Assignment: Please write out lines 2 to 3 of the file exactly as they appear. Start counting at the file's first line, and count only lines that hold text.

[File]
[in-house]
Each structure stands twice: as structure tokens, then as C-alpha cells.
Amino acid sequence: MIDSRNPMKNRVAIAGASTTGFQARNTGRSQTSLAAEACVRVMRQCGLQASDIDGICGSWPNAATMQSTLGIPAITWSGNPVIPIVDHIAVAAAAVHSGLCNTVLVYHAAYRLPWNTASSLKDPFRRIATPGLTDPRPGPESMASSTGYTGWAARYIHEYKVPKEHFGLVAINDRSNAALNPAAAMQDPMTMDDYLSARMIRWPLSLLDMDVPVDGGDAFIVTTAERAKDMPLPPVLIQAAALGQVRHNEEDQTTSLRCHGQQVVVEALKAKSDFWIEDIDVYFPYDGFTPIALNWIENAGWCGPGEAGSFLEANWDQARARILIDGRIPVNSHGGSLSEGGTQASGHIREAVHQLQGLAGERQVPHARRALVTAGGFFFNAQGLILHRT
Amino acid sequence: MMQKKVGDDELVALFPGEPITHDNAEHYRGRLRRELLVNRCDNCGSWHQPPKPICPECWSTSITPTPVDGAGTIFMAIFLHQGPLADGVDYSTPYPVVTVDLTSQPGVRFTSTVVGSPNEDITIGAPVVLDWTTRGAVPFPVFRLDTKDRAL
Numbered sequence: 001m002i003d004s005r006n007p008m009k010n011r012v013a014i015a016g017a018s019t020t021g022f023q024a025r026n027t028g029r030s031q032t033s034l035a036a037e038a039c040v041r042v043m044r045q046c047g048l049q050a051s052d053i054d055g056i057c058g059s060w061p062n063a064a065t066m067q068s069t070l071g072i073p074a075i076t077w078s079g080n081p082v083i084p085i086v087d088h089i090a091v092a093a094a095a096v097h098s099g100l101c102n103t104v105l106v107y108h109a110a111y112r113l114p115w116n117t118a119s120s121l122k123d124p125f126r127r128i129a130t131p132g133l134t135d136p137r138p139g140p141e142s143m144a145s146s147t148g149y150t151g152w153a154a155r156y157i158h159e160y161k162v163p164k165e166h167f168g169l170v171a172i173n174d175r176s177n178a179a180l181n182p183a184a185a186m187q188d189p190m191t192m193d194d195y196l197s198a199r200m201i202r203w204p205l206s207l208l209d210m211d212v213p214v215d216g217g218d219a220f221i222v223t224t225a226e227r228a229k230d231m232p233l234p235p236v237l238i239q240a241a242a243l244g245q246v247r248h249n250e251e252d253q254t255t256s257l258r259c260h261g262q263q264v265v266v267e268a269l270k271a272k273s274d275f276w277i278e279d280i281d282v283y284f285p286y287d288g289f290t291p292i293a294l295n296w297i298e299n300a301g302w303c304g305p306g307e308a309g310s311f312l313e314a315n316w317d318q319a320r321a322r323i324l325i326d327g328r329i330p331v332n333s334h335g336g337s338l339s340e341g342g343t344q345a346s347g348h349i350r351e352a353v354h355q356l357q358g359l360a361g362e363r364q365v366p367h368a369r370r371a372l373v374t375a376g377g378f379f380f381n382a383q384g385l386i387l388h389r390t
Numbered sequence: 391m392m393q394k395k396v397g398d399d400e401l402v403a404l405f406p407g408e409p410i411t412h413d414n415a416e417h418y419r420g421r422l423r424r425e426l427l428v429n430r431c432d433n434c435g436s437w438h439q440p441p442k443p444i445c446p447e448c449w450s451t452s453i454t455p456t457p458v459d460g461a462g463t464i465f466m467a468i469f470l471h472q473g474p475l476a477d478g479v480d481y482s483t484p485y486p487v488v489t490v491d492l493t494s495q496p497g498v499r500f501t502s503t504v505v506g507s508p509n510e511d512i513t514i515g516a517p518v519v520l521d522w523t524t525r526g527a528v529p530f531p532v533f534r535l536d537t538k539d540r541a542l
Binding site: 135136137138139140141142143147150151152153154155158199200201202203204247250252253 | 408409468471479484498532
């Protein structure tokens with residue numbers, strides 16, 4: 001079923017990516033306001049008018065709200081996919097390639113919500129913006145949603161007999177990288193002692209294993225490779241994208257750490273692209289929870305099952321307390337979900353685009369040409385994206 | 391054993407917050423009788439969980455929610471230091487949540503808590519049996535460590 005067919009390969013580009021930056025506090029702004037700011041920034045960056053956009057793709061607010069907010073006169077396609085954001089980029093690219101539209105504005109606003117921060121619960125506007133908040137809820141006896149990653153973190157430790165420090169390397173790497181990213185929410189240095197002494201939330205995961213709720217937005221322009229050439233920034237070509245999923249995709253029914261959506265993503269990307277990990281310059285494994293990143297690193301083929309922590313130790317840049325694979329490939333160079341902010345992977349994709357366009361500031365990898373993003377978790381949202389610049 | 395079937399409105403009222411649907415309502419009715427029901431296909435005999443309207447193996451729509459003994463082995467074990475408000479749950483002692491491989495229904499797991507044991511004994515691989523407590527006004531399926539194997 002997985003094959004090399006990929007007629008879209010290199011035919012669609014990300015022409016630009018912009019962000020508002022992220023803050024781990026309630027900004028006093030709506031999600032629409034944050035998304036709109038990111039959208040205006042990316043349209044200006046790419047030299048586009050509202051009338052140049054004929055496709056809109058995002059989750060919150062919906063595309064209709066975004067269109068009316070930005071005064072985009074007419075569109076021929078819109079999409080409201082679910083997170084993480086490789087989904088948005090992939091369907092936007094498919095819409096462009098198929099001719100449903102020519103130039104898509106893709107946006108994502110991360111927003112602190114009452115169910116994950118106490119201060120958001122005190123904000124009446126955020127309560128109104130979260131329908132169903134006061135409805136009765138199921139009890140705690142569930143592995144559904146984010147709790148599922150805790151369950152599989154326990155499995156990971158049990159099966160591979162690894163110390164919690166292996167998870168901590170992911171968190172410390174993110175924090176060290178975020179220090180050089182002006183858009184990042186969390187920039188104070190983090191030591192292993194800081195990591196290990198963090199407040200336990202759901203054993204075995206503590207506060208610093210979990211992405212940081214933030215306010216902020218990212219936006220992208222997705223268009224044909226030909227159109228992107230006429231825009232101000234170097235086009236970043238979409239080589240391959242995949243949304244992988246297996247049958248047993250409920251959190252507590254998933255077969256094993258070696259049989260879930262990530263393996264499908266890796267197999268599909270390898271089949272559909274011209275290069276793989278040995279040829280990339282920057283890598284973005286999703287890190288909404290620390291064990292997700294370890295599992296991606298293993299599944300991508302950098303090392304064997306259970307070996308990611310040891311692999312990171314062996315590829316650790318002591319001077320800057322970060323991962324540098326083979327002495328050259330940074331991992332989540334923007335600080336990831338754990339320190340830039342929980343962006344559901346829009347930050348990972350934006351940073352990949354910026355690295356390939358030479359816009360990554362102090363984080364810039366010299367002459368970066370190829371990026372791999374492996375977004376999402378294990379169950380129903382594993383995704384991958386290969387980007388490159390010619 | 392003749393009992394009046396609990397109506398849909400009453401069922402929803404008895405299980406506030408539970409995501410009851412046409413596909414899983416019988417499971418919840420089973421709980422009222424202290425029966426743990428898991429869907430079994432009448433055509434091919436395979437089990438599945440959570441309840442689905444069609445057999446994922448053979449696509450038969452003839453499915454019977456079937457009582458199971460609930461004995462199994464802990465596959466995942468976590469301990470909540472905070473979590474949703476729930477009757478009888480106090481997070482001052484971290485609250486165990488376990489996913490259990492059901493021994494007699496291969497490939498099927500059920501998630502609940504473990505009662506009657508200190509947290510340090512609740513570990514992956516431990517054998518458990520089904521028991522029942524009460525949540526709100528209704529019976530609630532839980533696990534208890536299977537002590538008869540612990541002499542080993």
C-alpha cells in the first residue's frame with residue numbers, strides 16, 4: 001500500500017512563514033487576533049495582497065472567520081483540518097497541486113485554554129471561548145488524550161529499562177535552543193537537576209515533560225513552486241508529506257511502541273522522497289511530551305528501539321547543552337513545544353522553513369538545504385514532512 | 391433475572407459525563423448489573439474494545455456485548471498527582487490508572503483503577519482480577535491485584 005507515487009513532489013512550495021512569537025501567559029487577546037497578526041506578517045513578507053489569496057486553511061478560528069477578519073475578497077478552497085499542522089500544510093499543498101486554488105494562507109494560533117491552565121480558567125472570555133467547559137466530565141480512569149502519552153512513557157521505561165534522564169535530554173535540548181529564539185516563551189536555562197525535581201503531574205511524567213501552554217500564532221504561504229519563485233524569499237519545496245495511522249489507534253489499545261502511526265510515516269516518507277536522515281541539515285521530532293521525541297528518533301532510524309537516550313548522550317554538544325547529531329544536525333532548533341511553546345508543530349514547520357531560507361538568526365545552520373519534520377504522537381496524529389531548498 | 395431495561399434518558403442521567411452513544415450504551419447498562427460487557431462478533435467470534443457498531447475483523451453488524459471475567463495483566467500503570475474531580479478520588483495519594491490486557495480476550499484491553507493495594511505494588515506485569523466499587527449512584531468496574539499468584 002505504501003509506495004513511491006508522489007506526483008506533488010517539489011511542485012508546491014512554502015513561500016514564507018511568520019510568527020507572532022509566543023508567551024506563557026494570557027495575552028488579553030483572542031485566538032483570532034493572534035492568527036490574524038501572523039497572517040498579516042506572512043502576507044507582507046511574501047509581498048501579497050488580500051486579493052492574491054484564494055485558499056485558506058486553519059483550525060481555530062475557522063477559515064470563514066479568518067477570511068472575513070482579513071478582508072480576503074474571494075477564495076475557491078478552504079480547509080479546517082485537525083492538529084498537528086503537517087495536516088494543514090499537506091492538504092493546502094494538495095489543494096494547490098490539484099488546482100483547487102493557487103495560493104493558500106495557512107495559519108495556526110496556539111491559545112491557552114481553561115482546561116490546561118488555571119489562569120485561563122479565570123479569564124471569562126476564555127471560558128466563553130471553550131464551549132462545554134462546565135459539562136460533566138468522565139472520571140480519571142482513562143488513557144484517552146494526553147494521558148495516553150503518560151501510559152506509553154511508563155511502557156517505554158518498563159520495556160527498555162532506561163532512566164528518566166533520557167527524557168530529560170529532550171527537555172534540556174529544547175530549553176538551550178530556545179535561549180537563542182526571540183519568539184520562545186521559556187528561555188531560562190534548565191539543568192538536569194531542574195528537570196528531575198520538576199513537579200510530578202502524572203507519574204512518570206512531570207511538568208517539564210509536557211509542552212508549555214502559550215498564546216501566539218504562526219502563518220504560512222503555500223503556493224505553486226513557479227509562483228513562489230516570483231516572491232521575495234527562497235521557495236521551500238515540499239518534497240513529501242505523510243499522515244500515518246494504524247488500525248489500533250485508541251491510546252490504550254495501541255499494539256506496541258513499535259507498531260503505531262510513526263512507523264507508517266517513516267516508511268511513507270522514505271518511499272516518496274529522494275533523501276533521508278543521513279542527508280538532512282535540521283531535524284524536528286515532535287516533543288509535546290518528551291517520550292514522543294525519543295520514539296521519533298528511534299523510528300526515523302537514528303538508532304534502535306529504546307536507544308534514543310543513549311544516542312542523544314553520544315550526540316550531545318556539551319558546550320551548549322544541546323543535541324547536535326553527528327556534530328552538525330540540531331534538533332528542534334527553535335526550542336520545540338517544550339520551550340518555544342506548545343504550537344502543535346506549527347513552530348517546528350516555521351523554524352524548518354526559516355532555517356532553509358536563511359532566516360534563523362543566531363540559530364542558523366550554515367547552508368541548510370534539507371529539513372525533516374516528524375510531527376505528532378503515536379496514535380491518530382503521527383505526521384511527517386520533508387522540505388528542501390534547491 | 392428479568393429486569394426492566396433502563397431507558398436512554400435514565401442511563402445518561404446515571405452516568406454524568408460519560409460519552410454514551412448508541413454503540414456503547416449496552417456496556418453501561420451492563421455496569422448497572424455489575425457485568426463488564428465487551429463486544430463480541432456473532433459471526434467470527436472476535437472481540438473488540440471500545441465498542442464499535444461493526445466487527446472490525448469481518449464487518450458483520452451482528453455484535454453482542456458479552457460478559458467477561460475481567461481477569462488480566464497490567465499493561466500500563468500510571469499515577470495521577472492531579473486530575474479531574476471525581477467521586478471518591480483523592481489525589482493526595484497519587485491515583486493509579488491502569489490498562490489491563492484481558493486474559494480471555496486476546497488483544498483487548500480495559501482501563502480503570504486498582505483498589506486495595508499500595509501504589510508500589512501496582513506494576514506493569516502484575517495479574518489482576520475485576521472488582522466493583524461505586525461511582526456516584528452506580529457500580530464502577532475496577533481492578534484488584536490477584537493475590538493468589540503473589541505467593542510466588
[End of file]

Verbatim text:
Each structure stands twice: as structure tokens, then as C-alpha cells.
Amino acid sequence: MIDSRNPMKNRVAIAGASTTGFQARNTGRSQTSLAAEACVRVMRQCGLQASDIDGICGSWPNAATMQSTLGIPAITWSGNPVIPIVDHIAVAAAAVHSGLCNTVLVYHAAYRLPWNTASSLKDPFRRIATPGLTDPRPGPESMASSTGYTGWAARYIHEYKVPKEHFGLVAINDRSNAALNPAAAMQDPMTMDDYLSARMIRWPLSLLDMDVPVDGGDAFIVTTAERAKDMPLPPVLIQAAALGQVRHNEEDQTTSLRCHGQQVVVEALKAKSDFWIEDIDVYFPYDGFTPIALNWIENAGWCGPGEAGSFLEANWDQARARILIDGRIPVNSHGGSLSEGGTQASGHIREAVHQLQGLAGERQVPHARRALVTAGGFFFNAQGLILHRT